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Crystal City Startup Aims to Help People Save Up for Purchases

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Editor’s Note: Sponsored by Monday Properties and written by, Startup Monday is a weekly column that profiles Arlington-based startups and their founders, plus other local technology happenings. The Ground Floor, Monday’s office space for young companies in Rosslyn, is now open. The Metro-accessible space features a 5,000-square-foot common area that includes a kitchen, lounge area, collaborative meeting spaces, and a stage for formal presentations.

Forward Funded logo (Courtesy of Brendan Snow)A startup based out of Crystal City is looking to help people save up for items they want to buy online.

Forward Funded, a startup in Eastern Foundry’s acceleration program, helps people save money for items by creating a digital envelope system, said founder Brendan Snow.

“We have a website that makes it really easy for people to save up for something in our e-commerce store,” Snow said.

The goal of Forward Funded is to help people save for items instead of using credit and ultimately ending up in debt if they can’t pay when the bill arrives, he said.

The company, which is in its pre-launch phase, is a Walmart affiliate, meaning that all items in the e-commerce store can be found at Essentially, customers will go to Forward Funded and select items that they want to purchase. When they get to checkout, instead of buying it right away, they have the choice to save money in the digital envelope.

The digital envelope is based off of the envelope system, where people would divide their paychecks into different envelopes in order to make sure they had enough money to pay bills or buy items, Snow said.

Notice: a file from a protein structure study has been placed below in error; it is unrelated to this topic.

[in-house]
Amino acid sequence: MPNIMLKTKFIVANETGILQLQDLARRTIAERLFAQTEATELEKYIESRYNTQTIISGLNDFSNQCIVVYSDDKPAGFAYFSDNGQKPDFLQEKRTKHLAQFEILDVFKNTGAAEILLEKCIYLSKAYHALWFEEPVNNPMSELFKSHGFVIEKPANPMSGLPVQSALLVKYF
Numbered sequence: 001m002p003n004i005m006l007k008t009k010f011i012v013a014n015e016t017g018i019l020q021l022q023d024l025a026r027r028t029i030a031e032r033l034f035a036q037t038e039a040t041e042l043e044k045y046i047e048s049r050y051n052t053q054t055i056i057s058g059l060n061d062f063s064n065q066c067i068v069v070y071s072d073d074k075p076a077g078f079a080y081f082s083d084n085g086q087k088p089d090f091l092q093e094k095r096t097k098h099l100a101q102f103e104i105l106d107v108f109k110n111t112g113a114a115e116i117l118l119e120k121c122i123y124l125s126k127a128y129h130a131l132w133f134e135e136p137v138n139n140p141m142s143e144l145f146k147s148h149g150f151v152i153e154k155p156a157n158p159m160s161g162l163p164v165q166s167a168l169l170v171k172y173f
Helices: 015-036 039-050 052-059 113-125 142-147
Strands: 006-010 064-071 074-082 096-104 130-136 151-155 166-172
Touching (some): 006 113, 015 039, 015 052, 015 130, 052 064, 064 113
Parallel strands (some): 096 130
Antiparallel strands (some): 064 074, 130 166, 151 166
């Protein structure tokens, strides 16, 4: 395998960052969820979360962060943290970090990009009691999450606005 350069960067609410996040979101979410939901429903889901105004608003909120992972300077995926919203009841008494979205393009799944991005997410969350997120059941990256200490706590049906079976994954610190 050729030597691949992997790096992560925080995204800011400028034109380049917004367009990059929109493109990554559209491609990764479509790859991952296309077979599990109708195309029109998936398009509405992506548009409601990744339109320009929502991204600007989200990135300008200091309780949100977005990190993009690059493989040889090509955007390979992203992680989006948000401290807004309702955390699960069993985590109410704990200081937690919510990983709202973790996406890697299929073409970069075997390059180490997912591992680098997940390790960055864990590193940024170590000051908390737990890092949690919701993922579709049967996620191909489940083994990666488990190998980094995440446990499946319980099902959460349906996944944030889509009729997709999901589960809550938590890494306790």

With Forward Funded, people are able to store money in the digital envelope based off a payment plan of four months or six weeks, with the option to set up a custom plan. Forward Funded then draws money from the user’s checking account to the digital envelope every weeks to make sure they have enough to buy the item by the time the plan is done.

Users have the option to change plans or cancel them at any time. The website will keep users updated with availability and price of the objects they have saved up in their envelope.

“So we’re giving people the option of bringing the price down and saving for items,” Snow said.

While the website won’t launch for another few months, Forward Funded may be used to help people plan for their holiday shopping next year.

“You can do all of your shopping early,” Snow said. “And you can get everything you want for your family — and even some aspirational items — without going into debt or needing incredible discipline.”

forward funded (Courtesy of Brendan Snow)

Beyond helping people save up for items instead of relying on borrowed credit, the company also aims to help reduce shopping cart abandonment.

Shopping cart abandonment is the idea that people will shop online for items, but once they get to the checkout they end up not buying the items, Snow said.

There are a couple reasons for why people abandon their carts, including price, lack of free shipping and a long checkout process, he said. Forward Funded tackles the price angle.

“We can help reduce shopping cart abandonment based on sticker shock,” he said.

By reducing shopping cart abandonment, Forward Funded can make companies money, Snow said, adding that while there are no firm numbers, shopping cart abandonment costs companies in the United States tens of billions of dollars annually.

To help with shopping cart abandonment for multiple companies, Snow said his goal is to make Forward Funded a payment option for online shopping, without making people go through the website.

For now the company is focusing on launching the website and then an app, Snow said. He doesn’t have a firm date on its launch due to the different components required to make a online payment systems, but he said he hopes to have it out in the next few months.

The company currently works out of Eastern Foundry, a startup incubator that focuses on military services and government contracting. Snow said the incubator has been helpful in providing resources and advice. Founder Geoff Orazem was one of the people they turned to for help with the concept of shopping cart abandonment, he added.

The connection with Eastern Foundry also helps the startup reach out to a type of user — service members.

“We’re particularly thinking this might be a good tool for service members and their families,” Snow said, adding that military personnel tend to be more conservative spenders.

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